But that's not what caught my eye! I offer for your consideration page 151:
"You'd have been captain of Second Netball this year, wouldn't you? I wonder who they -- gosh! Tonks will be it, I suppose." ... (S)he sped away to break the glad news to Tonks Tonkinson...
And then p 153:
There was nothing unusual about a girl of nearly fifteen starting regular work... Joan Lupin (was) already earning good money at the button factory...

Tonks AND Lupin?? In the space of two pages? Coincidence? Or -- is it witchcraft?



What's happening to me? I seem to have lost my hunger for kids' books at the moment. All I want to read is adult fiction; it's only grown up novels catching my eye. Is it a reaction to spending the holidays in the company of my children? Is it a subconscious longing for the company of adults, albeit in fictional form?

Look at that list over there to the right: hardly a kids or YA title among them, and the ones that are there are mostly book group assignments. Meanwhile, I have a still higher stack beside my bed, waiting -- books like Hannah Kent's Burial Rites, Margaret Drabble's The Pure Gold Baby, and Sumner Locke Elliott's Careful He Might Hear You.

I suppose at least the last one does have a child protagonist.

Or am I just turning into a grumpy old lady reader?


What We Pass On

It's stating the obvious, but we try to give our children what we value the most in our own lives.

I have some friends who have made certain that their children are getting music lessons -- one is learning violin, another has started flute, another studies trumpet. Each of these friends (at the very least) had music lessons themselves as a child; and for two of them, music has remained an important, even a defining, experience in their lives. Me, I never learned an instrument; I remain largely indifferent to the joys and benefits of music. So it's no coincidence that I haven't pushed music lessons on either of my children. Evie is still doing keyboard, but I'm lax about enforcing practice, and when Alice chose to give up last year, I didn't try to argue her out of it.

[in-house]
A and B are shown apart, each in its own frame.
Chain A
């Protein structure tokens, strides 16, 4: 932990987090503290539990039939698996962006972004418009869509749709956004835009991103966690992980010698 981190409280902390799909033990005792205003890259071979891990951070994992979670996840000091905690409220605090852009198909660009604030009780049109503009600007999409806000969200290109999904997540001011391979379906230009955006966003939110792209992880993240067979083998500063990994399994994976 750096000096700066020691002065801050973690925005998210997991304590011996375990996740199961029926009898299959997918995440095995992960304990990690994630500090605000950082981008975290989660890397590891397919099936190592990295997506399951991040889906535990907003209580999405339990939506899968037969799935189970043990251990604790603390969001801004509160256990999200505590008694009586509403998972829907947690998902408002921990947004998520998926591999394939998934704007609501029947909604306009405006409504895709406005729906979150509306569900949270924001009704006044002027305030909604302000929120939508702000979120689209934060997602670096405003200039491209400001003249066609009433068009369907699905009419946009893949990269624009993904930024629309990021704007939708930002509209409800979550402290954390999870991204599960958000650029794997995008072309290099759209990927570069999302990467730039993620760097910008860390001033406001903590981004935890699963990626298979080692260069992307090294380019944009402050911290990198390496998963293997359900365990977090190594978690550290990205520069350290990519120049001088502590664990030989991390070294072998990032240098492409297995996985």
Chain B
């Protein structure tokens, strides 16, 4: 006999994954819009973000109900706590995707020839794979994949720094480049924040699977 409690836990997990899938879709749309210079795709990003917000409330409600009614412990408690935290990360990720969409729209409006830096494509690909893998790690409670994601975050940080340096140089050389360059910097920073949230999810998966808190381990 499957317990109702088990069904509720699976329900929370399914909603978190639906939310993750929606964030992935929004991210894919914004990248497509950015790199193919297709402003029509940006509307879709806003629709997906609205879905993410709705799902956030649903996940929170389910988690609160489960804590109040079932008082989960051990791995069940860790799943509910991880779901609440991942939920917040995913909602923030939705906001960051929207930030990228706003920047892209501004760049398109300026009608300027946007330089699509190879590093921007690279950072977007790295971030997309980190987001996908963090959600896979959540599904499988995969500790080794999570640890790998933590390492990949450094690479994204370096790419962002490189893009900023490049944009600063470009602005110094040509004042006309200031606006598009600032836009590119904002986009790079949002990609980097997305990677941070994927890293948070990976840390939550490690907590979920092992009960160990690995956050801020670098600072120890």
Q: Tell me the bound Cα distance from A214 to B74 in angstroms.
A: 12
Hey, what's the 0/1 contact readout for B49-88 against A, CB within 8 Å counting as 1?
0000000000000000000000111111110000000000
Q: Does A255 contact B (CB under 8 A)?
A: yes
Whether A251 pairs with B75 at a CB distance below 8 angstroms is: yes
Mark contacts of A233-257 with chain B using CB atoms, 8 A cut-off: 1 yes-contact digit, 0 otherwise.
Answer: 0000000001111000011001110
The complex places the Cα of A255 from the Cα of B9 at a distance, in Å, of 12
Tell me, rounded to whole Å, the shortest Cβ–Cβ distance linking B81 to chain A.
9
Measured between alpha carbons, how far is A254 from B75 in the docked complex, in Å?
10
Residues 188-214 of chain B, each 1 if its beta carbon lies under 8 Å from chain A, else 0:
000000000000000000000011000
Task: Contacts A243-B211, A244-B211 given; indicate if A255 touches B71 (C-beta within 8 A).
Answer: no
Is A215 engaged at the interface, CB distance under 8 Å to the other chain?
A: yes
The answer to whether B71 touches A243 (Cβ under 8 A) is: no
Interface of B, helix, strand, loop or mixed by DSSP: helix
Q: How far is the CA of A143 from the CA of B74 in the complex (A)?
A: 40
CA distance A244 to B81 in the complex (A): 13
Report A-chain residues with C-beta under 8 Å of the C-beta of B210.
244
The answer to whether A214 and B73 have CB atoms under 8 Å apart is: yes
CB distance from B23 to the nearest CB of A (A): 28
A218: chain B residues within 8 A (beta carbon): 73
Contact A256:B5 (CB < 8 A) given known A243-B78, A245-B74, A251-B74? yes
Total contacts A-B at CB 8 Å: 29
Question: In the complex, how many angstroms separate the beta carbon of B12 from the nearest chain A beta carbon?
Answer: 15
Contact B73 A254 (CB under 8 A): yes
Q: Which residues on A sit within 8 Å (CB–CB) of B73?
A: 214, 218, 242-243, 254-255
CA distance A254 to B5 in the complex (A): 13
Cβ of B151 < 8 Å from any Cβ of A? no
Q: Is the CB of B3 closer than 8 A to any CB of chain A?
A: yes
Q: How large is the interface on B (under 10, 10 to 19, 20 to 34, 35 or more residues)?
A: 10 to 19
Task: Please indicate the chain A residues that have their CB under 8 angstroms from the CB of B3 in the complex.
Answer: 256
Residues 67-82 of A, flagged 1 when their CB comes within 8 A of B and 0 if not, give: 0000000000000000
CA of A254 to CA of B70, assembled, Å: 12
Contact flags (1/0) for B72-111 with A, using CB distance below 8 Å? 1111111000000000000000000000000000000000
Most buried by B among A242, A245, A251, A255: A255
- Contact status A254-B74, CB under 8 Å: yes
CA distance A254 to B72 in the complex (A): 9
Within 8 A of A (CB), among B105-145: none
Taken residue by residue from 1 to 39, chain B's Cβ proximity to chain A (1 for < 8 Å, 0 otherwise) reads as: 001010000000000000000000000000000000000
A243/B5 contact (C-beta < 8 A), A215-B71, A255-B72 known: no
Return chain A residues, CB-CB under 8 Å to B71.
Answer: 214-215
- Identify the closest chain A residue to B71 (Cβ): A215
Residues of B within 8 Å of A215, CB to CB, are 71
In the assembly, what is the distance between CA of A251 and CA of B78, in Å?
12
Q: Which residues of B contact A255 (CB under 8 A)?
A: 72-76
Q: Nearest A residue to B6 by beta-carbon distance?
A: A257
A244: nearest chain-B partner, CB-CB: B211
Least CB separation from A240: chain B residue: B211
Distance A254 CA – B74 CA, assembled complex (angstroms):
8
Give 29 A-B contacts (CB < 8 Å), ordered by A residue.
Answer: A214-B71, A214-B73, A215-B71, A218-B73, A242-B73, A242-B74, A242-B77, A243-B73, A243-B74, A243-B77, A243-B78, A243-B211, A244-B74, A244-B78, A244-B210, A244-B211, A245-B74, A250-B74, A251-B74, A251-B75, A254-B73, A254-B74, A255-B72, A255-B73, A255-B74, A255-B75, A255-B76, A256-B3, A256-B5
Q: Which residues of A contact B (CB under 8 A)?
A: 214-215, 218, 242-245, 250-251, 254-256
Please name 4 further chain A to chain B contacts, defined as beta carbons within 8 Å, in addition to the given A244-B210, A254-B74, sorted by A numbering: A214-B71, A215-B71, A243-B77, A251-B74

Other friends have made sure that their children take part in organised sporting activities: netball, football, tennis. Again, these are people who enjoy and value physical activity and team sports in their own lives. Michael has admitted that if he had sons, he would have tried harder to enrol them in cricket or football; as it is, we haven't tried too hard (ahem).

So what the hell have I given my children, I ask myself, since I'm obviously such a crap and lazy mother? No surprises here: the one thing I have persisted with is books. I still regularly read aloud to my children, even though they are now both capable of reading for themselves (and do). My idea of a fun excursion is "let's go to the library!" or "let's check out the second hand bookshop!" I am more inclined to buy a spontaneous book-present than take my girls clothes shopping.